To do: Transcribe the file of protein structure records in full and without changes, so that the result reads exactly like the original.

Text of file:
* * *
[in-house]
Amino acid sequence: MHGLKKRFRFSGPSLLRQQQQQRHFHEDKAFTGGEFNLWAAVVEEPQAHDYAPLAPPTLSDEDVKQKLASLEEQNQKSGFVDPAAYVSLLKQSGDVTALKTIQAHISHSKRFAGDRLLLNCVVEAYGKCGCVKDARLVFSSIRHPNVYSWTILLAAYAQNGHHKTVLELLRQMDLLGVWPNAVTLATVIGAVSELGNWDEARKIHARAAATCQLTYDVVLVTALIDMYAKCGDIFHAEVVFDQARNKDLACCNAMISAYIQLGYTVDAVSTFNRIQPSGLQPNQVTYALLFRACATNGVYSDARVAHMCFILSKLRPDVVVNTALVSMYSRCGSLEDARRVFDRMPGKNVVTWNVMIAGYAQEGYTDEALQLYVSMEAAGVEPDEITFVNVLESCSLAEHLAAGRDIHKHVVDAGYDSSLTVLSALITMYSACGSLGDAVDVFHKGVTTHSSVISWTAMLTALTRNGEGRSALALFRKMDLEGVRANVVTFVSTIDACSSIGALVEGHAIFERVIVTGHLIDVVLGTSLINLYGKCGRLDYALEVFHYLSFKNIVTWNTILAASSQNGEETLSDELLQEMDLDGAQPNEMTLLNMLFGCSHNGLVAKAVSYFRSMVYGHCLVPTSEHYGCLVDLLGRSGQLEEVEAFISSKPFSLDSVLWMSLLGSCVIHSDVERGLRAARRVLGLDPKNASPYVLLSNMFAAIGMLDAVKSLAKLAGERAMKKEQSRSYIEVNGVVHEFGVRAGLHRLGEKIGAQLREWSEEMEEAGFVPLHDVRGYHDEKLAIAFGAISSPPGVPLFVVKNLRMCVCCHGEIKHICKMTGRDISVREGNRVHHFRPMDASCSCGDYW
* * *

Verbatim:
[in-house]
Amino acid sequence: MHGLKKRFRFSGPSLLRQQQQQRHFHEDKAFTGGEFNLWAAVVEEPQAHDYAPLAPPTLSDEDVKQKLASLEEQNQKSGFVDPAAYVSLLKQSGDVTALKTIQAHISHSKRFAGDRLLLNCVVEAYGKCGCVKDARLVFSSIRHPNVYSWTILLAAYAQNGHHKTVLELLRQMDLLGVWPNAVTLATVIGAVSELGNWDEARKIHARAAATCQLTYDVVLVTALIDMYAKCGDIFHAEVVFDQARNKDLACCNAMISAYIQLGYTVDAVSTFNRIQPSGLQPNQVTYALLFRACATNGVYSDARVAHMCFILSKLRPDVVVNTALVSMYSRCGSLEDARRVFDRMPGKNVVTWNVMIAGYAQEGYTDEALQLYVSMEAAGVEPDEITFVNVLESCSLAEHLAAGRDIHKHVVDAGYDSSLTVLSALITMYSACGSLGDAVDVFHKGVTTHSSVISWTAMLTALTRNGEGRSALALFRKMDLEGVRANVVTFVSTIDACSSIGALVEGHAIFERVIVTGHLIDVVLGTSLINLYGKCGRLDYALEVFHYLSFKNIVTWNTILAASSQNGEETLSDELLQEMDLDGAQPNEMTLLNMLFGCSHNGLVAKAVSYFRSMVYGHCLVPTSEHYGCLVDLLGRSGQLEEVEAFISSKPFSLDSVLWMSLLGSCVIHSDVERGLRAARRVLGLDPKNASPYVLLSNMFAAIGMLDAVKSLAKLAGERAMKKEQSRSYIEVNGVVHEFGVRAGLHRLGEKIGAQLREWSEEMEEAGFVPLHDVRGYHDEKLAIAFGAISSPPGVPLFVVKNLRMCVCCHGEIKHICKMTGRDISVREGNRVHHFRPMDASCSCGDYW